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Network monitoring with a Web twist

Sep 17, 20032 mins
Data ManagementEnterprise ApplicationsNetwork Management Software

* Network Probe monitors network data exchanges

A lot of network management applications are being given Web support for the simple reasons that it extends their use and makes them more flexible. For example, I have just been testing the latest release of Network Probe from Object Planet (see links below), which I first wrote about a few months ago.

Network Probe is, as its name suggest, a tool for monitoring network data exchanges. The software, a Java applet, can monitor conversations (exchanges between two processes over the local network segment), use of protocols, data volumes and many other aspects of network traffic all in real time. This latest version, 0.5 adds graphing of network statistics as well as performance and memory usage improvements.

Another network monitoring tool with Web support that is worth checking out is Paessler Router Traffic Grapher (PRTG) from Paessler.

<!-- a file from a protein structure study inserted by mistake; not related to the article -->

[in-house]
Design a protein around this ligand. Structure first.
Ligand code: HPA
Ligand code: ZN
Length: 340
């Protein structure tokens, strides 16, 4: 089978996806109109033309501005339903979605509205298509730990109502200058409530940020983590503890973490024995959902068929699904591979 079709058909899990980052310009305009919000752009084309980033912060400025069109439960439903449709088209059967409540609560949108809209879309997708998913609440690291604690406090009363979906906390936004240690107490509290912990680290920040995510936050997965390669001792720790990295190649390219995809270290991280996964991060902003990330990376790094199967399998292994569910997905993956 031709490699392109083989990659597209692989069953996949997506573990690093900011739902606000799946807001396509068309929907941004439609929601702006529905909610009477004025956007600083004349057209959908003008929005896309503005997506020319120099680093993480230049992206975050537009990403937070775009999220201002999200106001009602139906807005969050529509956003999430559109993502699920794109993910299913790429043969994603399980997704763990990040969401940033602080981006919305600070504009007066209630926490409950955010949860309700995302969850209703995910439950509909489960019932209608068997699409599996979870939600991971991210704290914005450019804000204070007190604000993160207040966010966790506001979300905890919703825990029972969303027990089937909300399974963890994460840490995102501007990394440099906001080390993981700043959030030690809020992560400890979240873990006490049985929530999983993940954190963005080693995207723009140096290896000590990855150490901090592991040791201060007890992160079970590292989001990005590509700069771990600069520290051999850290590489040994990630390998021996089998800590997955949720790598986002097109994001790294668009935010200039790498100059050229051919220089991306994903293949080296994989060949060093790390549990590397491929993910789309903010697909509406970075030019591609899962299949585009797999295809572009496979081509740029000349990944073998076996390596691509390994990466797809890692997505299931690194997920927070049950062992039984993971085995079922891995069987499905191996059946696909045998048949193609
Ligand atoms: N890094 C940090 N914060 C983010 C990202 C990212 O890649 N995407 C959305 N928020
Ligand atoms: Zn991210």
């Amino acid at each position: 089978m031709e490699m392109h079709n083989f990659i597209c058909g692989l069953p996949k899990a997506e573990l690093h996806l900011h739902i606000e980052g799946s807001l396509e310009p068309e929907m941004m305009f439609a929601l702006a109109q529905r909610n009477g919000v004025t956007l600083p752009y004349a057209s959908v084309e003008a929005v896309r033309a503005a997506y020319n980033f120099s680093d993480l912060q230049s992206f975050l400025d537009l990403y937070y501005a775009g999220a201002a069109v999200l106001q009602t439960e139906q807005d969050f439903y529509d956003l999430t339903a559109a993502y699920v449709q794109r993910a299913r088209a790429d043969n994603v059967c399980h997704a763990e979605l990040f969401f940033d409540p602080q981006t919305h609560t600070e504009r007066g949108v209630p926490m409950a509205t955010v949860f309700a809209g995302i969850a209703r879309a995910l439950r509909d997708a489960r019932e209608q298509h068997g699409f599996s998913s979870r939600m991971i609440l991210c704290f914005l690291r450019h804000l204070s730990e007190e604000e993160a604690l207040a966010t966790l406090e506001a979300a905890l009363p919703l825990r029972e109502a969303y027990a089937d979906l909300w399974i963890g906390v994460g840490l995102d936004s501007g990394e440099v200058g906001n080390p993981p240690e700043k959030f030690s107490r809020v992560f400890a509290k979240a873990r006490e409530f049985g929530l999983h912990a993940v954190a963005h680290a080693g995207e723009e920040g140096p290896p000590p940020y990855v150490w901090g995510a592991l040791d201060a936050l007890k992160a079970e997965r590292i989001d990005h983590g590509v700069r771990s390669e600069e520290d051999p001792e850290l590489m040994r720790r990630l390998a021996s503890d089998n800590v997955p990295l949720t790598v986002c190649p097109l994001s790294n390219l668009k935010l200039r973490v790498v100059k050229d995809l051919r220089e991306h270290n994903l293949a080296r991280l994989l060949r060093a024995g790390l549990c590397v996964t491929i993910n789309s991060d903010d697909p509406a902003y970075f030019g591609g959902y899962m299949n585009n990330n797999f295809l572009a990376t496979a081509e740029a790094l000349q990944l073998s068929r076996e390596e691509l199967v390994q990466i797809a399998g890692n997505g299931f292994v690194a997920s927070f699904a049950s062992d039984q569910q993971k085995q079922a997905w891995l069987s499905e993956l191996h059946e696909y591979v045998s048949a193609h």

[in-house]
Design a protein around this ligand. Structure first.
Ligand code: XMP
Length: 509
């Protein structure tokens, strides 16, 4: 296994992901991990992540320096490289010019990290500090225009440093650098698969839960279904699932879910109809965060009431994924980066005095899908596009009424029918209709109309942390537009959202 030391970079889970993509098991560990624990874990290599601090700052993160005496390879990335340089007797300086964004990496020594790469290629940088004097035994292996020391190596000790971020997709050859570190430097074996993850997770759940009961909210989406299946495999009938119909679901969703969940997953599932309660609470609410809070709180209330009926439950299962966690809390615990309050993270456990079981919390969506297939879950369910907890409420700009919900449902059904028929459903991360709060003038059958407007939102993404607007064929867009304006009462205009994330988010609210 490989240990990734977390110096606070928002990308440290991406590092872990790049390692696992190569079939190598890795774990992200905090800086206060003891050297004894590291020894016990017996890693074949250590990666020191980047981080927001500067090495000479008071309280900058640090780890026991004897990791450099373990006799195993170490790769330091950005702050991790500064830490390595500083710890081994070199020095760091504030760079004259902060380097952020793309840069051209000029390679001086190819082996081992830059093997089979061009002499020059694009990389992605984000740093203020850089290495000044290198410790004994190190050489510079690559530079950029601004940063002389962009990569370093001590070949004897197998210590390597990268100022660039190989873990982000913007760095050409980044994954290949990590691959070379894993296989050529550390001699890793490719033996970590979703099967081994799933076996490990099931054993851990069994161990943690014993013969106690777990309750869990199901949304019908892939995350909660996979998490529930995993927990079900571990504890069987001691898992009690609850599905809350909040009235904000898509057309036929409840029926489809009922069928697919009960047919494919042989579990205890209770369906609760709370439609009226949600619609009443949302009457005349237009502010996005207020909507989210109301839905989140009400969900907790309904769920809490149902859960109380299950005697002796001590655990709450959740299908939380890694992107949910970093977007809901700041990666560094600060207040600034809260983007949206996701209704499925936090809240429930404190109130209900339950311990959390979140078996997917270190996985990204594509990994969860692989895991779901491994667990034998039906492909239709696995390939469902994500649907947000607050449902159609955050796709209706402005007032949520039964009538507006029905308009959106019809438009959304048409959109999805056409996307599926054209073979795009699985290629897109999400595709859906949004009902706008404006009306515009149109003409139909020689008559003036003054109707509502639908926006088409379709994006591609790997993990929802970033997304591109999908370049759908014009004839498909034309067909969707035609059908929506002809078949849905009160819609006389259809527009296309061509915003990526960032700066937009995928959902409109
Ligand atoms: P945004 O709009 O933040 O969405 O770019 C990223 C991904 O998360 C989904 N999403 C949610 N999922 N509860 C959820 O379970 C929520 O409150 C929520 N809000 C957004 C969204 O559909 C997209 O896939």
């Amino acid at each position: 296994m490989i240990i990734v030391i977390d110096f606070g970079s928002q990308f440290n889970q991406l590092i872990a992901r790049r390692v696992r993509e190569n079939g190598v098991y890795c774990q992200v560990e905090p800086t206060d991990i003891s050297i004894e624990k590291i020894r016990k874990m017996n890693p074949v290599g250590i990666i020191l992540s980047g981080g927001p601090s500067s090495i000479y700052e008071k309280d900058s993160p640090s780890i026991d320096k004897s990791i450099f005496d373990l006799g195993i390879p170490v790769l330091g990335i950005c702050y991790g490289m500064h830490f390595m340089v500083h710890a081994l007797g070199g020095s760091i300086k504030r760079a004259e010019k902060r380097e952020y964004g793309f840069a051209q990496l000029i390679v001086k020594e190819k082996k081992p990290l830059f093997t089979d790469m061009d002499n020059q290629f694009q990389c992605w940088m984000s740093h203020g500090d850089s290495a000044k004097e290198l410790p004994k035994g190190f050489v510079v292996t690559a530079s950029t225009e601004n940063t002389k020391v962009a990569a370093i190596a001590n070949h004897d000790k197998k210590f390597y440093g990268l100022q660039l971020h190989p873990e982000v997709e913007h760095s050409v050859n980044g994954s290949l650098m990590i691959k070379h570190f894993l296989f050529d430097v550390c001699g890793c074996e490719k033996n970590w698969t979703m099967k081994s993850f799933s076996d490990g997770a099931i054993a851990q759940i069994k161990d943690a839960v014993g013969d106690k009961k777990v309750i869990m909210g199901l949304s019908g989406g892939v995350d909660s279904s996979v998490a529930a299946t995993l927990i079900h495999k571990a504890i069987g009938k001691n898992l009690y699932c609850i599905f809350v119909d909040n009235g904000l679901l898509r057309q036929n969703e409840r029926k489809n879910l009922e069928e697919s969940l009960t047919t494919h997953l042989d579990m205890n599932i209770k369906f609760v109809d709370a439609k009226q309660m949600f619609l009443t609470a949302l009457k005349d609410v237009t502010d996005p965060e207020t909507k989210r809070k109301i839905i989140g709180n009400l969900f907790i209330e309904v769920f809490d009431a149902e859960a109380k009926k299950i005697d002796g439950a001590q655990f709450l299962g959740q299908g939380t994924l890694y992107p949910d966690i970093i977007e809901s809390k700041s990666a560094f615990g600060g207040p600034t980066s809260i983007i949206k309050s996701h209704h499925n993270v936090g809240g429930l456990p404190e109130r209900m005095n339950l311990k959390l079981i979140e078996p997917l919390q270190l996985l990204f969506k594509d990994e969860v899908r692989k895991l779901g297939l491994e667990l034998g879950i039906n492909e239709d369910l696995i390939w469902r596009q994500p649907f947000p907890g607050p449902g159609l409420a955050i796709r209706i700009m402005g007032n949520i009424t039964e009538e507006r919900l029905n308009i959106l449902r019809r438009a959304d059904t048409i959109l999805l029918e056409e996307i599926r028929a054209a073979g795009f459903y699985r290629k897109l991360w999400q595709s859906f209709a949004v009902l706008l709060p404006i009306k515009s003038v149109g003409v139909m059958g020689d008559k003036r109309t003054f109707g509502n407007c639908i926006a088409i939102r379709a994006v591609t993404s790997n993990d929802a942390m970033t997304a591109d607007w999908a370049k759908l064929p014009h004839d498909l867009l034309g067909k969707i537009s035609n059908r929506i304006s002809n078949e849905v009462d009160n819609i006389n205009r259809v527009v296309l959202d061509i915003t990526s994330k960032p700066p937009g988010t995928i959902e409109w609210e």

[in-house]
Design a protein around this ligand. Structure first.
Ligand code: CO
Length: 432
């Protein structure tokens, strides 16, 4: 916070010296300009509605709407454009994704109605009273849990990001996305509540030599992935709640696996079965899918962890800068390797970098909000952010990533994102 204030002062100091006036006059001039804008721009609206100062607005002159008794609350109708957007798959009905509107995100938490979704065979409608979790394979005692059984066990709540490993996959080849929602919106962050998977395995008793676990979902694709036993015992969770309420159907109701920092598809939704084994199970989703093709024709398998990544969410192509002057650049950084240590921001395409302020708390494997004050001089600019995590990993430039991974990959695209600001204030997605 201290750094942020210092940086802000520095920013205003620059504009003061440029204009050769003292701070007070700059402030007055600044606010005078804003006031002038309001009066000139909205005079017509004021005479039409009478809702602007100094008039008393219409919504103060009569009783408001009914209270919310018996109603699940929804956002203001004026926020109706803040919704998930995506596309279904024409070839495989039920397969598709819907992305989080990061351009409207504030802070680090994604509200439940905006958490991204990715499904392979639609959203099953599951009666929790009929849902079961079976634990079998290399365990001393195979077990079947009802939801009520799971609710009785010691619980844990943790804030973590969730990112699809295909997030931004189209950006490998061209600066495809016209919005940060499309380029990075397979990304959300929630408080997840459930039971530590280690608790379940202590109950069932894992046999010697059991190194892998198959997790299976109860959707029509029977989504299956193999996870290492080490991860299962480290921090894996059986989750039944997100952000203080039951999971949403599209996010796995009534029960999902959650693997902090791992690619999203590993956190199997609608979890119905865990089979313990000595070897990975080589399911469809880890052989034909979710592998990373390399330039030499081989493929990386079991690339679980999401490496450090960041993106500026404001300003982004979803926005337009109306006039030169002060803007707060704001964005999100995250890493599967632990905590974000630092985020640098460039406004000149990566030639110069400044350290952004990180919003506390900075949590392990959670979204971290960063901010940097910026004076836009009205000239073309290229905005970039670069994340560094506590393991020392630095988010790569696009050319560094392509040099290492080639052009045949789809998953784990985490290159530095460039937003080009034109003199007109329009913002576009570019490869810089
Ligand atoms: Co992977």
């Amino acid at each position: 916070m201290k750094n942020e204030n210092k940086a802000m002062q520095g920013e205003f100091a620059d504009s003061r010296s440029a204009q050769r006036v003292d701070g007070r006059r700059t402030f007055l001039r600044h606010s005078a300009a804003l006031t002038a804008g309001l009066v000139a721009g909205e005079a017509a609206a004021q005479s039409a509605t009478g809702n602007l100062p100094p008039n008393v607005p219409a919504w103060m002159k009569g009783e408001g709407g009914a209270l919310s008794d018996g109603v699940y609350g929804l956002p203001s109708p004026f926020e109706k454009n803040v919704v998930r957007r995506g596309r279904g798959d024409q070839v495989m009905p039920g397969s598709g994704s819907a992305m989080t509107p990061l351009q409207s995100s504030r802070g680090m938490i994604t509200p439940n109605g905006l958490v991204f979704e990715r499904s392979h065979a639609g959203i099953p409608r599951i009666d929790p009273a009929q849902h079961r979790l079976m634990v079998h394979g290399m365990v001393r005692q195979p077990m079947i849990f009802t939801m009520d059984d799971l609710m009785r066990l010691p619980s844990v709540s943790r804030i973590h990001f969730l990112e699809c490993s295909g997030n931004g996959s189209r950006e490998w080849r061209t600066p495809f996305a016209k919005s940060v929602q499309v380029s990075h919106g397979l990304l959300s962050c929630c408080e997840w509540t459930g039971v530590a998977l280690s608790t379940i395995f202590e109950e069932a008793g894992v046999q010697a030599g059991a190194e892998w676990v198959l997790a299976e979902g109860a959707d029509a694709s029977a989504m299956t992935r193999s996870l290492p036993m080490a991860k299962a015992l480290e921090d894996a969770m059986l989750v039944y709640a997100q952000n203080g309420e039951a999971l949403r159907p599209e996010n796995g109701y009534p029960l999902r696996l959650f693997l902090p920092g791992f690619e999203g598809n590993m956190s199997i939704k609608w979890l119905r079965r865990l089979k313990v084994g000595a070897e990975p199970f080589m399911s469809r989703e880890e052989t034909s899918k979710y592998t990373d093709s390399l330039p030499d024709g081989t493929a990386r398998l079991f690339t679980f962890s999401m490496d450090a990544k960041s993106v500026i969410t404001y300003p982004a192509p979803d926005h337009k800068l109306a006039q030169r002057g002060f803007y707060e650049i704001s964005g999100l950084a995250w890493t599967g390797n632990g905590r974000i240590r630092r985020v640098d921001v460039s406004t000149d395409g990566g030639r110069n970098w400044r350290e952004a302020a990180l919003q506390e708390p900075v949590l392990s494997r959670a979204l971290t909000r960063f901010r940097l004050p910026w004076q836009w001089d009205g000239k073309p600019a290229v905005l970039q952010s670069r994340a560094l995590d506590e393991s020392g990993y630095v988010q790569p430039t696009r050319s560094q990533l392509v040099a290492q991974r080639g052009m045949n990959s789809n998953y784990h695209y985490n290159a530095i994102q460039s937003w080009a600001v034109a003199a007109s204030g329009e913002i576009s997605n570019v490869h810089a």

PRTG watches SNMP-enabled network devices and reports on the amount of data flowing through routers, CPU utilization or disk space usage. You can also create custom SNMP monitored objects.

PRTG works with routers and firewall such as the Cisco PIX 505, Cisco 7xxx Series, Lightning Multicom Speedsurf, LANCOM Office Connect as well as other devices like Windows 2000 servers and workstations, network printers or switches.

Unlike Network Probe, which contains a Web server, PRTG simply writes its results to HTML files. If these are located under a Web server root then they can be delivered to any browser.

The output files include graphs of activity and the ability to download the raw data in Comma Separated Variable (CSV) format. The graphs include bandwidth over the last 24 hours (K-bit/sec), transferred data volume for the last 14 days, and transferred data volume for last the last 12 months.

It was PRTG that showed me just what a phenomenal bandwidth hog accessing a Hotmail account via Microsoft’s WBEM really is.

PRTG is free for personal and commercial use but limited to one device at a time. If you want to monitor more devices and ports or if you want to run PRTG all the time as a service you must purchase the Pro Edition for $29.95.


Mark Gibbs is an author, journalist, and man of mystery. His writing for Network World is widely considered to be vastly underpaid. For more than 30 years, Gibbs has consulted, lectured, and authored numerous articles and books about networking, information technology, and the social and political issues surrounding them. His complete bio can be found at

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